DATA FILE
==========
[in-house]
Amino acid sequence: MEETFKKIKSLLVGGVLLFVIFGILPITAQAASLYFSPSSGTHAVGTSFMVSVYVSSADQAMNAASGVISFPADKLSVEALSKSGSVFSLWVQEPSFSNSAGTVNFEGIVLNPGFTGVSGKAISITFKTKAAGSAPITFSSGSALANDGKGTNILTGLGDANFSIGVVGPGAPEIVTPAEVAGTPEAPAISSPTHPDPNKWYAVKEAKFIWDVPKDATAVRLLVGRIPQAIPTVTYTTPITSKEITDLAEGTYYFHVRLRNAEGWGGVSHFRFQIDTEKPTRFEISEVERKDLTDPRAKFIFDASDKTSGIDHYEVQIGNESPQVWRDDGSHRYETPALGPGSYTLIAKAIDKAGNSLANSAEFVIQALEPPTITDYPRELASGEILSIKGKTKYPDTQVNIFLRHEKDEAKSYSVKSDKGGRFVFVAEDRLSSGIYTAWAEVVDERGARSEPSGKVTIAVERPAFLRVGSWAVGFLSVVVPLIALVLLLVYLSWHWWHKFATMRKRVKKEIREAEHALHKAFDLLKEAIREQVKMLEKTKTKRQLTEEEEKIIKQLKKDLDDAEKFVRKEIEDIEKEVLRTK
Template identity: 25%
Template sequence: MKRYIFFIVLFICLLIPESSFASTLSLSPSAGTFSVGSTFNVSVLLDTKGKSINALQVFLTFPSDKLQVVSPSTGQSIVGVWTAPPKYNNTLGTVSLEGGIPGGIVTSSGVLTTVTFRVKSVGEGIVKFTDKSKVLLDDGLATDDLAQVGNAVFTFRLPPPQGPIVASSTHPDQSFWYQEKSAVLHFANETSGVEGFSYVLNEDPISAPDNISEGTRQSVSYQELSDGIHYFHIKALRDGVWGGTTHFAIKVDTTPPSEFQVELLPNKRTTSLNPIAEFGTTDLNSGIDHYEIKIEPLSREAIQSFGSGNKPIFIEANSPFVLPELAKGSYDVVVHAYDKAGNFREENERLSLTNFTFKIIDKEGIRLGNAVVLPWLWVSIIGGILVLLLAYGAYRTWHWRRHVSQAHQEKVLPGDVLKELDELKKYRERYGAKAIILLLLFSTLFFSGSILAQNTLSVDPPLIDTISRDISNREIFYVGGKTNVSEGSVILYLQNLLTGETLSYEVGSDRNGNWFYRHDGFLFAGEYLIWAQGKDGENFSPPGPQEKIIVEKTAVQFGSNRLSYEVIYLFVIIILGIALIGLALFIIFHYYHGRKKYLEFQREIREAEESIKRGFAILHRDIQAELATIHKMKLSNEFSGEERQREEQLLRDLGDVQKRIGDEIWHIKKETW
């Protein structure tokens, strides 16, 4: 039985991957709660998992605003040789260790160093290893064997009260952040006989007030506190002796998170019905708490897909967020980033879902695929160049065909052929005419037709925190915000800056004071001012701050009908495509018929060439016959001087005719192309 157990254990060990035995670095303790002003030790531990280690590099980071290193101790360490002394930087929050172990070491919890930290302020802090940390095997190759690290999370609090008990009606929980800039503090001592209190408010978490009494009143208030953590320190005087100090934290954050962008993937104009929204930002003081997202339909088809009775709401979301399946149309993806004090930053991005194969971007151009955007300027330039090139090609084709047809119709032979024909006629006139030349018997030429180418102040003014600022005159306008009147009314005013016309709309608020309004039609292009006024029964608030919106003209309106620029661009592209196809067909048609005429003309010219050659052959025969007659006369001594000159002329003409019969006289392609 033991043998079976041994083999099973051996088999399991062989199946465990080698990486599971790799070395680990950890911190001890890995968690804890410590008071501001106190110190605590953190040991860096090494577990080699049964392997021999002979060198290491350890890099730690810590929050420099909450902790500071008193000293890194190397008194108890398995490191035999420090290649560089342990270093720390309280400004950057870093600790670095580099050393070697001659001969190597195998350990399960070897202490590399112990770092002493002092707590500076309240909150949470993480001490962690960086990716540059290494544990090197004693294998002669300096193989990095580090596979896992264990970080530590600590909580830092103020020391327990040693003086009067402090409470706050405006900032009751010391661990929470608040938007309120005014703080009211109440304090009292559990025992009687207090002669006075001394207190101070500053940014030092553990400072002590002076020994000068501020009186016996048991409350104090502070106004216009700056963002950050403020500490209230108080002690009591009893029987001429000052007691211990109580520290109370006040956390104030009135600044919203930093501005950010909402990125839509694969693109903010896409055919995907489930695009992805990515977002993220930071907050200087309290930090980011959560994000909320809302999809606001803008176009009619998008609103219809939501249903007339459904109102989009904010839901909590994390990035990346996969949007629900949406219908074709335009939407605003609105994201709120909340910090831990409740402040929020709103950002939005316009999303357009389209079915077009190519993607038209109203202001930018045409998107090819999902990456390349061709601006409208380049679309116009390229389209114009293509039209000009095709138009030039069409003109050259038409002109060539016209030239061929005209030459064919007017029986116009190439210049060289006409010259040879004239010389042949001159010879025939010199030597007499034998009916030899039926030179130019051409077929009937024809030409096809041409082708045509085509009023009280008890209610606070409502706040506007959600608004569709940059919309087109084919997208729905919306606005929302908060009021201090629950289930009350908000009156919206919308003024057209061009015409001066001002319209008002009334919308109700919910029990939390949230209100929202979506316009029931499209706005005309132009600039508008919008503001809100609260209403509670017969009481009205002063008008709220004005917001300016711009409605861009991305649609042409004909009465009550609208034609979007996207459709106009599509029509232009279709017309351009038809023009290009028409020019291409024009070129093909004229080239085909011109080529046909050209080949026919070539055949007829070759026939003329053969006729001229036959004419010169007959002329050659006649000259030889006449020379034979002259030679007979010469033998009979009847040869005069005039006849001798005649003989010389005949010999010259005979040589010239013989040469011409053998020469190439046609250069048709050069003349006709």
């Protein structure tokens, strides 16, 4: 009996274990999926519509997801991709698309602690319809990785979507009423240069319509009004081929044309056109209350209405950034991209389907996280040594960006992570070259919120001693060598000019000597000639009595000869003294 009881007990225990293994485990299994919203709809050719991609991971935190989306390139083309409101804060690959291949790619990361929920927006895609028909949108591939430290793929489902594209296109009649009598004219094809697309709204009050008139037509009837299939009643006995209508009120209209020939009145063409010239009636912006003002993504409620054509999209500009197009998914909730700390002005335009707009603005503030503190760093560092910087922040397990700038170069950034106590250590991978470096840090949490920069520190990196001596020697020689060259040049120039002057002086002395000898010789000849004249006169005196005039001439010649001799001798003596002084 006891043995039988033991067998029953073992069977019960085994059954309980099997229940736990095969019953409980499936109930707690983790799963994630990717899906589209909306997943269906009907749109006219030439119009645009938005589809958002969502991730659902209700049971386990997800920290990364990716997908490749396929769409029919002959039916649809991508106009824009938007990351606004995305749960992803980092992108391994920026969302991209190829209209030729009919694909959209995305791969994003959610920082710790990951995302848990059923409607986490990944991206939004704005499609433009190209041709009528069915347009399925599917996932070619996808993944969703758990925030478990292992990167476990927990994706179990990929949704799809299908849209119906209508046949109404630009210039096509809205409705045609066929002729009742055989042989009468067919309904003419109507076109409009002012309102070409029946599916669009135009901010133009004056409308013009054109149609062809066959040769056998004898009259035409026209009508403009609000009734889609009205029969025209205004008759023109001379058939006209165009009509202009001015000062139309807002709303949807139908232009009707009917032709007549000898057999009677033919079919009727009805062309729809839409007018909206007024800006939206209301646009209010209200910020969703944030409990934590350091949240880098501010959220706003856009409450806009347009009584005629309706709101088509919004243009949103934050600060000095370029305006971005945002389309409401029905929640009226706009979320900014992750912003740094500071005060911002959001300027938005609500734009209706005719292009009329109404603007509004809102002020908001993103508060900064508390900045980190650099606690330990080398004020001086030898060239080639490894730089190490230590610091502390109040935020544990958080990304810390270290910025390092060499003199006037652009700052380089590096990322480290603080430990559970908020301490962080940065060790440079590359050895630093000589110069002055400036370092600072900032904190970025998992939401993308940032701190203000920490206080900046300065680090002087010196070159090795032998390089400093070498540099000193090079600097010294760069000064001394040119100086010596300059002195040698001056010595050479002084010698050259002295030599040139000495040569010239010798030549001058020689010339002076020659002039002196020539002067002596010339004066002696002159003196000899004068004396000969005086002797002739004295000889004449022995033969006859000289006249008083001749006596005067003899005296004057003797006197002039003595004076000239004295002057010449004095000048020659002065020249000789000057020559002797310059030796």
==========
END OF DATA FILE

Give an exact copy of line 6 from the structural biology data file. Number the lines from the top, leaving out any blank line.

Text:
């Protein structure tokens, strides 16, 4: 009996274990999926519509997801991709698309602690319809990785979507009423240069319509009004081929044309056109209350209405950034991209389907996280040594960006992570070259919120001693060598000019000597000639009595000869003294 009881007990225990293994485990299994919203709809050719991609991971935190989306390139083309409101804060690959291949790619990361929920927006895609028909949108591939430290793929489902594209296109009649009598004219094809697309709204009050008139037509009837299939009643006995209508009120209209020939009145063409010239009636912006003002993504409620054509999209500009197009998914909730700390002005335009707009603005503030503190760093560092910087922040397990700038170069950034106590250590991978470096840090949490920069520190990196001596020697020689060259040049120039002057002086002395000898010789000849004249006169005196005039001439010649001799001798003596002084 006891043995039988033991067998029953073992069977019960085994059954309980099997229940736990095969019953409980499936109930707690983790799963994630990717899906589209909306997943269906009907749109006219030439119009645009938005589809958002969502991730659902209700049971386990997800920290990364990716997908490749396929769409029919002959039916649809991508106009824009938007990351606004995305749960992803980092992108391994920026969302991209190829209209030729009919694909959209995305791969994003959610920082710790990951995302848990059923409607986490990944991206939004704005499609433009190209041709009528069915347009399925599917996932070619996808993944969703758990925030478990292992990167476990927990994706179990990929949704799809299908849209119906209508046949109404630009210039096509809205409705045609066929002729009742055989042989009468067919309904003419109507076109409009002012309102070409029946599916669009135009901010133009004056409308013009054109149609062809066959040769056998004898009259035409026209009508403009609000009734889609009205029969025209205004008759023109001379058939006209165009009509202009001015000062139309807002709303949807139908232009009707009917032709007549000898057999009677033919079919009727009805062309729809839409007018909206007024800006939206209301646009209010209200910020969703944030409990934590350091949240880098501010959220706003856009409450806009347009009584005629309706709101088509919004243009949103934050600060000095370029305006971005945002389309409401029905929640009226706009979320900014992750912003740094500071005060911002959001300027938005609500734009209706005719292009009329109404603007509004809102002020908001993103508060900064508390900045980190650099606690330990080398004020001086030898060239080639490894730089190490230590610091502390109040935020544990958080990304810390270290910025390092060499003199006037652009700052380089590096990322480290603080430990559970908020301490962080940065060790440079590359050895630093000589110069002055400036370092600072900032904190970025998992939401993308940032701190203000920490206080900046300065680090002087010196070159090795032998390089400093070498540099000193090079600097010294760069000064001394040119100086010596300059002195040698001056010595050479002084010698050259002295030599040139000495040569010239010798030549001058020689010339002076020659002039002196020539002067002596010339004066002696002159003196000899004068004396000969005086002797002739004295000889004449022995033969006859000289006249008083001749006596005067003899005296004057003797006197002039003595004076000239004295002057010449004095000048020659002065020249000789000057020559002797310059030796």